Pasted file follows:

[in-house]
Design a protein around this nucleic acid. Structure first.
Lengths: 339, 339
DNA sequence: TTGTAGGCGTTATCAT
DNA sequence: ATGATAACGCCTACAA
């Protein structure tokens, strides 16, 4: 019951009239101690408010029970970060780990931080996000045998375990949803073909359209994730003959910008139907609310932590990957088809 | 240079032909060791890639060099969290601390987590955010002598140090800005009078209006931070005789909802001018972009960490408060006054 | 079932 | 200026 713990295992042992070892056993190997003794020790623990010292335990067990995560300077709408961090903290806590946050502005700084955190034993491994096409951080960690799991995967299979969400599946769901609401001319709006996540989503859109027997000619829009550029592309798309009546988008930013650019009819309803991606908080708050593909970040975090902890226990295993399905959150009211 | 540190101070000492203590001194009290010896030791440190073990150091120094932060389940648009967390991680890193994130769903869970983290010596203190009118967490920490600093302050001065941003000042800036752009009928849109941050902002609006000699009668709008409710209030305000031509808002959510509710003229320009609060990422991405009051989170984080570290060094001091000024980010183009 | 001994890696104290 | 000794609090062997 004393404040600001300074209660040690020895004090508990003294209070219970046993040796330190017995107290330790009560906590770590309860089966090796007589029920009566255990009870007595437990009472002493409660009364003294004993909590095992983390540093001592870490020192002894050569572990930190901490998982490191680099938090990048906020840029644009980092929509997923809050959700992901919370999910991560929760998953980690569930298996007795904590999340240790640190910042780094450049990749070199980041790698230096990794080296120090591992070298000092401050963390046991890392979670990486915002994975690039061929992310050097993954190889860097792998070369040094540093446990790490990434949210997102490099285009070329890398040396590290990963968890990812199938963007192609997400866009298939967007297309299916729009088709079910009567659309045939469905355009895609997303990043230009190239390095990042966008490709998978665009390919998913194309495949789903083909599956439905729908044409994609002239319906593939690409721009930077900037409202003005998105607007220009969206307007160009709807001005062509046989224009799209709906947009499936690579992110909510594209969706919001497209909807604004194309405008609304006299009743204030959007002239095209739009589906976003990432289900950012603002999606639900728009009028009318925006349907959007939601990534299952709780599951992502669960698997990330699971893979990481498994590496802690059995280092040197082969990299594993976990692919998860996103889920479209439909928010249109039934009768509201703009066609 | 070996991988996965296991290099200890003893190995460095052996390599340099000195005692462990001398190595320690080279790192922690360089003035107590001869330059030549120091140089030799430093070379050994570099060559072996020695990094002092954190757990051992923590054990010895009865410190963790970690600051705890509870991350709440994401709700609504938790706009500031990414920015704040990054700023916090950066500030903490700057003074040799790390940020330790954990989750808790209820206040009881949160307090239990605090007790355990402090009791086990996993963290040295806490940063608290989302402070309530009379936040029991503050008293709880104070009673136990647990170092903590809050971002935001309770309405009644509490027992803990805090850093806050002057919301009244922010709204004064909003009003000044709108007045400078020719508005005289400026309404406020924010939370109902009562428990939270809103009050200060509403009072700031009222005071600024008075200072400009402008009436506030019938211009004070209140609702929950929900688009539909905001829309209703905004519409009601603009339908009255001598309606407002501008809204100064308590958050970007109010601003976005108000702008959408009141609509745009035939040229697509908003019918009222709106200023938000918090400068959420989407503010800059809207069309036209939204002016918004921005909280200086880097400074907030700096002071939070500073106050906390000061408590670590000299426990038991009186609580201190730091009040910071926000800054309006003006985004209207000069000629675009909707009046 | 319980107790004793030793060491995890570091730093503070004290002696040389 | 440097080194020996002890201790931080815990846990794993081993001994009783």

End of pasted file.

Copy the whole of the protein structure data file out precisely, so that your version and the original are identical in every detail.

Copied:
[in-house]
Design a protein around this nucleic acid. Structure first.
Lengths: 339, 339
DNA sequence: TTGTAGGCGTTATCAT
DNA sequence: ATGATAACGCCTACAA
């Protein structure tokens, strides 16, 4: 019951009239101690408010029970970060780990931080996000045998375990949803073909359209994730003959910008139907609310932590990957088809 | 240079032909060791890639060099969290601390987590955010002598140090800005009078209006931070005789909802001018972009960490408060006054 | 079932 | 200026 713990295992042992070892056993190997003794020790623990010292335990067990995560300077709408961090903290806590946050502005700084955190034993491994096409951080960690799991995967299979969400599946769901609401001319709006996540989503859109027997000619829009550029592309798309009546988008930013650019009819309803991606908080708050593909970040975090902890226990295993399905959150009211 | 540190101070000492203590001194009290010896030791440190073990150091120094932060389940648009967390991680890193994130769903869970983290010596203190009118967490920490600093302050001065941003000042800036752009009928849109941050902002609006000699009668709008409710209030305000031509808002959510509710003229320009609060990422991405009051989170984080570290060094001091000024980010183009 | 001994890696104290 | 000794609090062997 004393404040600001300074209660040690020895004090508990003294209070219970046993040796330190017995107290330790009560906590770590309860089966090796007589029920009566255990009870007595437990009472002493409660009364003294004993909590095992983390540093001592870490020192002894050569572990930190901490998982490191680099938090990048906020840029644009980092929509997923809050959700992901919370999910991560929760998953980690569930298996007795904590999340240790640190910042780094450049990749070199980041790698230096990794080296120090591992070298000092401050963390046991890392979670990486915002994975690039061929992310050097993954190889860097792998070369040094540093446990790490990434949210997102490099285009070329890398040396590290990963968890990812199938963007192609997400866009298939967007297309299916729009088709079910009567659309045939469905355009895609997303990043230009190239390095990042966008490709998978665009390919998913194309495949789903083909599956439905729908044409994609002239319906593939690409721009930077900037409202003005998105607007220009969206307007160009709807001005062509046989224009799209709906947009499936690579992110909510594209969706919001497209909807604004194309405008609304006299009743204030959007002239095209739009589906976003990432289900950012603002999606639900728009009028009318925006349907959007939601990534299952709780599951992502669960698997990330699971893979990481498994590496802690059995280092040197082969990299594993976990692919998860996103889920479209439909928010249109039934009768509201703009066609 | 070996991988996965296991290099200890003893190995460095052996390599340099000195005692462990001398190595320690080279790192922690360089003035107590001869330059030549120091140089030799430093070379050994570099060559072996020695990094002092954190757990051992923590054990010895009865410190963790970690600051705890509870991350709440994401709700609504938790706009500031990414920015704040990054700023916090950066500030903490700057003074040799790390940020330790954990989750808790209820206040009881949160307090239990605090007790355990402090009791086990996993963290040295806490940063608290989302402070309530009379936040029991503050008293709880104070009673136990647990170092903590809050971002935001309770309405009644509490027992803990805090850093806050002057919301009244922010709204004064909003009003000044709108007045400078020719508005005289400026309404406020924010939370109902009562428990939270809103009050200060509403009072700031009222005071600024008075200072400009402008009436506030019938211009004070209140609702929950929900688009539909905001829309209703905004519409009601603009339908009255001598309606407002501008809204100064308590958050970007109010601003976005108000702008959408009141609509745009035939040229697509908003019918009222709106200023938000918090400068959420989407503010800059809207069309036209939204002016918004921005909280200086880097400074907030700096002071939070500073106050906390000061408590670590000299426990038991009186609580201190730091009040910071926000800054309006003006985004209207000069000629675009909707009046 | 319980107790004793030793060491995890570091730093503070004290002696040389 | 440097080194020996002890201790931080815990846990794993081993001994009783």